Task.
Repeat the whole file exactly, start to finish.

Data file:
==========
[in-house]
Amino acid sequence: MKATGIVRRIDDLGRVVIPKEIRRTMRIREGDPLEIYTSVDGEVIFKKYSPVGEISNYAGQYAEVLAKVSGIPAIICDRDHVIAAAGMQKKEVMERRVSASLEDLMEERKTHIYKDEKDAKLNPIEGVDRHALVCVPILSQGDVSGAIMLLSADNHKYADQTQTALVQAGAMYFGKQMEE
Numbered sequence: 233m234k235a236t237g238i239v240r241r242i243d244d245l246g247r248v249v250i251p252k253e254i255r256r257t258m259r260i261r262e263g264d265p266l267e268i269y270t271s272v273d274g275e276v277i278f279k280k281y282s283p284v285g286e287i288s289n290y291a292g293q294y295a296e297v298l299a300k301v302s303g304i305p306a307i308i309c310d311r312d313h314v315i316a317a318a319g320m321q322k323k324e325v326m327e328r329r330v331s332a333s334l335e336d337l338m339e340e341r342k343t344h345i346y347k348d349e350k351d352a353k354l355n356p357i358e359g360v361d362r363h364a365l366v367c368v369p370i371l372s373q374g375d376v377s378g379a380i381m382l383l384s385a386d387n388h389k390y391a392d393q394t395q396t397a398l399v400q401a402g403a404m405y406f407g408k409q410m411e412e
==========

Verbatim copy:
[in-house]
Amino acid sequence: MKATGIVRRIDDLGRVVIPKEIRRTMRIREGDPLEIYTSVDGEVIFKKYSPVGEISNYAGQYAEVLAKVSGIPAIICDRDHVIAAAGMQKKEVMERRVSASLEDLMEERKTHIYKDEKDAKLNPIEGVDRHALVCVPILSQGDVSGAIMLLSADNHKYADQTQTALVQAGAMYFGKQMEE
Numbered sequence: 233m234k235a236t237g238i239v240r241r242i243d244d245l246g247r248v249v250i251p252k253e254i255r256r257t258m259r260i261r262e263g264d265p266l267e268i269y270t271s272v273d274g275e276v277i278f279k280k281y282s283p284v285g286e287i288s289n290y291a292g293q294y295a296e297v298l299a300k301v302s303g304i305p306a307i308i309c310d311r312d313h314v315i316a317a318a319g320m321q322k323k324e325v326m327e328r329r330v331s332a333s334l335e336d337l338m339e340e341r342k343t344h345i346y347k348d349e350k351d352a353k354l355n356p357i358e359g360v361d362r363h364a365l366v367c368v369p370i371l372s373q374g375d376v377s378g379a380i381m382l383l384s385a386d387n388h389k390y391a392d393q394t395q396t397a398l399v400q401a402g403a404m405y406f407g408k409q410m411e412e